Processing Messages

When your content processing is finished, you may be notified of progressing warnings or errors. On this page you will learn more details about both of them.

Your patch file size is nearly the same as your content file size

When you’re uploading new application files, a patch file is created. Patch file is meant to be as small as possible, so if it is similar to your full application size, it is considered a mistake.

Why is it bad?

Big patch file means that every update will require from your users to download a lot of unnecessary data. That would take a lot of time and may frustrate your users.

How to fix it?

There may be several reasons:

  1. You’ve uploaded zip file with different application. If you upload a zip file that is a completely different application by mistake, there’s no chance of creating a valid patch. Look at the file listing to make sure that you’ve chosen the files that you’d like to upload.
  2. You’ve changed the name of files or directories. PatchKit currently does not support path changes, so it treats every rename as a delete/add operation.
  3. You’re working with Unity and you’ve changed your build name. Changing a build name in Unity also changes *_Data directory name. This is a similar situation to the one from point 2. Please make sure to name your builds in the same manner on each release.

Cannot find the executable file

PatchKit cannot find an executable file within your application files.

Why is it bad?

PatchKit needs to know which file is an executable to launch your application when it is downloaded.

How to fix it?

PatchKit is automatically looking for executable files, so if it cannot find it, most probably you’ve made one of these mistakes:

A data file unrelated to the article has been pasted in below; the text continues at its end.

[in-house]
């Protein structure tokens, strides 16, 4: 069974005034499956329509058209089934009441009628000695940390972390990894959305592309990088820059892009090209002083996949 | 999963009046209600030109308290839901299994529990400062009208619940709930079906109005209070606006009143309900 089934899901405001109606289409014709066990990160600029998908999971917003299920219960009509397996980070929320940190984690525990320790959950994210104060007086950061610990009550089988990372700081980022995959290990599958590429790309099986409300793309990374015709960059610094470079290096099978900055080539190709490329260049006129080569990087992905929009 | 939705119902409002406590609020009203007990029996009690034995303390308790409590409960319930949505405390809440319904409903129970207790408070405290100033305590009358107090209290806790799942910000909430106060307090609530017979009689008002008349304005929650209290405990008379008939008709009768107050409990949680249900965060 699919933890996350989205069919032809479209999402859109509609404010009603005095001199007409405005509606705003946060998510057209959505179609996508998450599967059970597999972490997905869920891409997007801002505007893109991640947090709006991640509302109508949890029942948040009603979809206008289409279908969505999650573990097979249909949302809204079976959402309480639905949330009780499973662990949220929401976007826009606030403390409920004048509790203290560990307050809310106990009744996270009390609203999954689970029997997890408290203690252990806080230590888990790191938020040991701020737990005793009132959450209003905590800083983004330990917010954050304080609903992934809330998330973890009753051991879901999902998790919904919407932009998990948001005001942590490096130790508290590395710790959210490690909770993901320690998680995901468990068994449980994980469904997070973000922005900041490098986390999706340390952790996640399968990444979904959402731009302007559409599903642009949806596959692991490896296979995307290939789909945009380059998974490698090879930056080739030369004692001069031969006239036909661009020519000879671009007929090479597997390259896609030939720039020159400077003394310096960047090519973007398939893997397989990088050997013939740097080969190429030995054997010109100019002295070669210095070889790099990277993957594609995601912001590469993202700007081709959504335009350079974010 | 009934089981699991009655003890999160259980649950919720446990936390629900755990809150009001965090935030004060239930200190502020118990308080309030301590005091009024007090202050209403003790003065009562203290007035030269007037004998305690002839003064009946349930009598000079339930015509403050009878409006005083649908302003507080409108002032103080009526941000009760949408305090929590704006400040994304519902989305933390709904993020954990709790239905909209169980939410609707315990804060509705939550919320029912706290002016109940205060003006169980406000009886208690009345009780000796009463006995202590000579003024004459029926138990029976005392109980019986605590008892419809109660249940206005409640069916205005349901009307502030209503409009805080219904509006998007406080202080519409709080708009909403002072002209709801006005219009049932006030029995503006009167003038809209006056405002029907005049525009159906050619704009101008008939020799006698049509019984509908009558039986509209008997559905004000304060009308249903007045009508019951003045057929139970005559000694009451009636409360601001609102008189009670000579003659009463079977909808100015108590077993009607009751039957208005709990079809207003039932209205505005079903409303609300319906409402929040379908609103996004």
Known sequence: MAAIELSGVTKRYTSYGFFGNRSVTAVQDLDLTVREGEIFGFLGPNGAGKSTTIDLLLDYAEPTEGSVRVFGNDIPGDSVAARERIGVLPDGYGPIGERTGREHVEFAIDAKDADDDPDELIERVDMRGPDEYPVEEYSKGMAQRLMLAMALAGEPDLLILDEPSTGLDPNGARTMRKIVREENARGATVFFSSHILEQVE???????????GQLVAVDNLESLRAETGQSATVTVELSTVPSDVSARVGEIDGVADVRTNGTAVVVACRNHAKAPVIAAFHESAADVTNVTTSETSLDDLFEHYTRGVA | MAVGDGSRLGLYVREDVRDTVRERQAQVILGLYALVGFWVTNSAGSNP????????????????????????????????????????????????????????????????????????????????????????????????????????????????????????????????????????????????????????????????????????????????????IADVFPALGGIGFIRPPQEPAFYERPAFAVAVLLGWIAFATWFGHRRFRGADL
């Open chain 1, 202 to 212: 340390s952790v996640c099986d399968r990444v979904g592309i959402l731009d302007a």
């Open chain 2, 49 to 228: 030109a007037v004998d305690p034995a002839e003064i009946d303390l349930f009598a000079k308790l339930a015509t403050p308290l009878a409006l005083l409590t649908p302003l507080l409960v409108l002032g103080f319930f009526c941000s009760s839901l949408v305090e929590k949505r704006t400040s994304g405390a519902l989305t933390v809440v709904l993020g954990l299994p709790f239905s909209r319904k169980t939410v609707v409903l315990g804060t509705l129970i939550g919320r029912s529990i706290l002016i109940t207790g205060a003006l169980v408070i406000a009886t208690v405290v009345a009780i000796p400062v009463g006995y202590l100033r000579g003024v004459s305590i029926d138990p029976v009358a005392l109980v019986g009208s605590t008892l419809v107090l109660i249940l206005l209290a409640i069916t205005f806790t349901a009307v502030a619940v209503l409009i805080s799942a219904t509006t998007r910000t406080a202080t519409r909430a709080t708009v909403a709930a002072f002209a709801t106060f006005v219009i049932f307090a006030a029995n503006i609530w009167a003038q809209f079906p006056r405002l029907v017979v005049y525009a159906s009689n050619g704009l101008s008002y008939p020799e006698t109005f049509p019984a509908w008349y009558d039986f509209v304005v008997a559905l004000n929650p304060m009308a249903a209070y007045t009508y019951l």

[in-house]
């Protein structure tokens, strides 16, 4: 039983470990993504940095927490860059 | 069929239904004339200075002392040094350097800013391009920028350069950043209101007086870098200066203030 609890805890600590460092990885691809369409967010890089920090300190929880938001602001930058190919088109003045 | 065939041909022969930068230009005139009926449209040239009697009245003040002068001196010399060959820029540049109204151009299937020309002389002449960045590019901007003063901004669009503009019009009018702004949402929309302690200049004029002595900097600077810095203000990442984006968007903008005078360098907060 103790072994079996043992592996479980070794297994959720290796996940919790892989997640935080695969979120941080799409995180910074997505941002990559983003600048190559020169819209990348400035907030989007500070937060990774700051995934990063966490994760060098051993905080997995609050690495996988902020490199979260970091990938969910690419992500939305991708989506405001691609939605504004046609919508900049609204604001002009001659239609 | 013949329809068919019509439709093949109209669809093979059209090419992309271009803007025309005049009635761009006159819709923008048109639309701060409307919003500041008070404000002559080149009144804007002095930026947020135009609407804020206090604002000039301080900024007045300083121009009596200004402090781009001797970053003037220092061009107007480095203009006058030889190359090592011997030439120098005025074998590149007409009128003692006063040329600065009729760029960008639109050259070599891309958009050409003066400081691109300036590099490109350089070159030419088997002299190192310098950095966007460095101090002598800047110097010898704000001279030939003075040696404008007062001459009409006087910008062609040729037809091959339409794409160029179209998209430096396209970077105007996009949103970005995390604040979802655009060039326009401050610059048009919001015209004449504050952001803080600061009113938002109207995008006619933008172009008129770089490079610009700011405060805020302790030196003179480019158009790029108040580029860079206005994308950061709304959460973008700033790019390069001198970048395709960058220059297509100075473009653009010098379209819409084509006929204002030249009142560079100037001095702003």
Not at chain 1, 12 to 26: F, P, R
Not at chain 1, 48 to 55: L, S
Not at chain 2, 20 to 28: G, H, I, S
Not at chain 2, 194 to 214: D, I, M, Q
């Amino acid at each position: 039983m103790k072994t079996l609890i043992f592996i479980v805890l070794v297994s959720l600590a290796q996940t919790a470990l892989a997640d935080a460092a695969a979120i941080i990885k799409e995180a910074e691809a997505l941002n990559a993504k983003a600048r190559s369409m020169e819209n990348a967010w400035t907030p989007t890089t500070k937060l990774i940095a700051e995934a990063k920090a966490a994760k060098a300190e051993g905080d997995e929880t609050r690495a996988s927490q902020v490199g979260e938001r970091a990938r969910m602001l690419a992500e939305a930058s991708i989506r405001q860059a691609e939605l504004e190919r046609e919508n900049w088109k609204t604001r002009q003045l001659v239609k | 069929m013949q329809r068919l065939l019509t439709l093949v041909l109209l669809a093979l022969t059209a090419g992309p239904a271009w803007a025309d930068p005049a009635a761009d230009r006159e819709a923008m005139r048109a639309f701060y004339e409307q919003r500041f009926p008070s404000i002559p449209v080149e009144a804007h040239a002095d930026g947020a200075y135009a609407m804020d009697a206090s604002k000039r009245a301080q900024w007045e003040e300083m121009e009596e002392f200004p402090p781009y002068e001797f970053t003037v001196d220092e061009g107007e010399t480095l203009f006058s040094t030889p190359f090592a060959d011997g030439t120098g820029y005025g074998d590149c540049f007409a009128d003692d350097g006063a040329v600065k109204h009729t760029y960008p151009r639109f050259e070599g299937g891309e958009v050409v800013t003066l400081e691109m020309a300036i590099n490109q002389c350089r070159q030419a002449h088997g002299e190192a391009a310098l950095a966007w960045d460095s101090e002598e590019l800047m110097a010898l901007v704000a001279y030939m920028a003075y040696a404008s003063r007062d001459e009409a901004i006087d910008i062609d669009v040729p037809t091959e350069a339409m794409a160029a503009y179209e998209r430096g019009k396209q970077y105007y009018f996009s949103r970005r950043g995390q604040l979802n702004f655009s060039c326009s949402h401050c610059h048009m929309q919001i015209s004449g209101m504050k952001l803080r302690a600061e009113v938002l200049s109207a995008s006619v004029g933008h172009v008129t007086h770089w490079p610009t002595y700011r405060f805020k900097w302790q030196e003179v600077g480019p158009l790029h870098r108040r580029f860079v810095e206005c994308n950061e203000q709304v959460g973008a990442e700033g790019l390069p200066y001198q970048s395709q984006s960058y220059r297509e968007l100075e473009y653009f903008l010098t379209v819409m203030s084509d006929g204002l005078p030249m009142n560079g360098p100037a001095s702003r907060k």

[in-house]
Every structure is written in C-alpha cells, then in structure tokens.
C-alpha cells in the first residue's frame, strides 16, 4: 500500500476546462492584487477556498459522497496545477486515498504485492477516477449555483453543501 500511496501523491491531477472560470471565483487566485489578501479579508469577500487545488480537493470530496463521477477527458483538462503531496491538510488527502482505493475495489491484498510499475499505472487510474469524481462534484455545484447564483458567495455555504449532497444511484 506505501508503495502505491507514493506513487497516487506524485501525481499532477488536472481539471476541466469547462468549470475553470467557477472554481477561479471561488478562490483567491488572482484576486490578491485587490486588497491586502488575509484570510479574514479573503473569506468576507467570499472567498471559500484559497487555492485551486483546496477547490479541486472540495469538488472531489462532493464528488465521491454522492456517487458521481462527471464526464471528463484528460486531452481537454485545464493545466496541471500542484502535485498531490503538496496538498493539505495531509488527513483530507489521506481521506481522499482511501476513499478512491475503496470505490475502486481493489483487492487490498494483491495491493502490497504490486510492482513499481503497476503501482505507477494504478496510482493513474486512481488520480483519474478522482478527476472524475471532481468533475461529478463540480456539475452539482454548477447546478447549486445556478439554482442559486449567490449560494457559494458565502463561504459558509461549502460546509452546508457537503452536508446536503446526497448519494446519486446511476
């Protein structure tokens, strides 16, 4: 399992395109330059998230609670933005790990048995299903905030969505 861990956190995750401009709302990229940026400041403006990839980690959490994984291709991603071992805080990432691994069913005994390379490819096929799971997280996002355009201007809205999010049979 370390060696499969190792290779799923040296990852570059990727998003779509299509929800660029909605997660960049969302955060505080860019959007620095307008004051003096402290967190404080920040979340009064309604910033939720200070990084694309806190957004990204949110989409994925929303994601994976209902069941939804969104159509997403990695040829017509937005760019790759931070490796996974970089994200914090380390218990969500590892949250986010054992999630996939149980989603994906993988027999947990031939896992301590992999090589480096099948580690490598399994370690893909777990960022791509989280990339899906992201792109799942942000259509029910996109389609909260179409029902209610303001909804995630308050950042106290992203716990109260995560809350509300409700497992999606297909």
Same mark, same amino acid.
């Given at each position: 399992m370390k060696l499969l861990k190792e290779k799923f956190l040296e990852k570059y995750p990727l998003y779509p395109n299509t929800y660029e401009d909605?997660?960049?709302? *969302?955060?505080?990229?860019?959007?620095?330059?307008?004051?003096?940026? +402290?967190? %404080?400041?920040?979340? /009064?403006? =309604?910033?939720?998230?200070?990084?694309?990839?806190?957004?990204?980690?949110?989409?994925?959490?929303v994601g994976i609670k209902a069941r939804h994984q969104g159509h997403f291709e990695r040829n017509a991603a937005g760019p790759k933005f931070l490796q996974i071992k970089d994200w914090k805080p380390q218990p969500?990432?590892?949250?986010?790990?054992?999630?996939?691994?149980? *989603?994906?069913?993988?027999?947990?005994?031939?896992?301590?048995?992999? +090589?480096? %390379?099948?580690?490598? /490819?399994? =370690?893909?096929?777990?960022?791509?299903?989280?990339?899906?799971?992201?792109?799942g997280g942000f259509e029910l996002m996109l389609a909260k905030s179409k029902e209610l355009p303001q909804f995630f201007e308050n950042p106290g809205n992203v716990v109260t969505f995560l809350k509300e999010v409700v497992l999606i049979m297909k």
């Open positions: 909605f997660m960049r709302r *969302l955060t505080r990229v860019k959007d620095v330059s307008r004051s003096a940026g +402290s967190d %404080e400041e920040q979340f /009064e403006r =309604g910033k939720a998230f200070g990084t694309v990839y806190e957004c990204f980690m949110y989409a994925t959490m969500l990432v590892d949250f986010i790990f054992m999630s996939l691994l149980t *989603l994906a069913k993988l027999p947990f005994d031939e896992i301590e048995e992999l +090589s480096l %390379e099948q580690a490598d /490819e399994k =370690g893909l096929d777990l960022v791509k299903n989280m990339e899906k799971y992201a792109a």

1. You’ve set your Target Platform to something else that your application is build to. For instance, you’re sending a Windows build, but your target platform is set to Linux.
  2. You did not include an executable file in the top directory of your content.
  3. Your executable file is corrupted.

Application platform mismatch

This errors means that PatchKit has found files that belong to a different platform than the one your Target Platform option is set to.

Why is it bad?

Files that are not prepared for your target platform are unusable. Your application may throw an error when you will try to do something with them.

How to fix it?

In some cases these files are safe to be removed because it may mean that you’re making a multi-platform application but you did a configuration mistake and these files can be found in your target build. Also, if you’re sure that you’ve built your application properly, leaving these files shouldn’t do much harm.

Make sure to take that into consideration and decide if you want to make any action or just ignore it.

Compression Method set to LZ4 or LZ4HC (Unity builds)

Starting from Unity 2017.2 there’s a new option in Build Settings called Compression Method. If you’re receiving this message then most probably your application has been built with Compression Method set to LZ4 or LZ4HC.

Compression method

Why is it bad?

Compressing your game build breaks the binary patch file by creating an algorithm. This algorithm is looking for differences in your binary files, so it can be as small as possible. For example, changing a texture should result in a patch file that closely resembles this texture size.

By enabling compression you’re making these kind of changes impossible to detect. Compression algorithms can generate a totally different output, even if the change is really small.

On top of that, PatchKit on its own is applying compression to your files at the final stage of version processing, so you don’t have to worry about your build size.

How to fix it?

Just go into the Files/Build Settings window, set Compression Method to None and build your application one more time.

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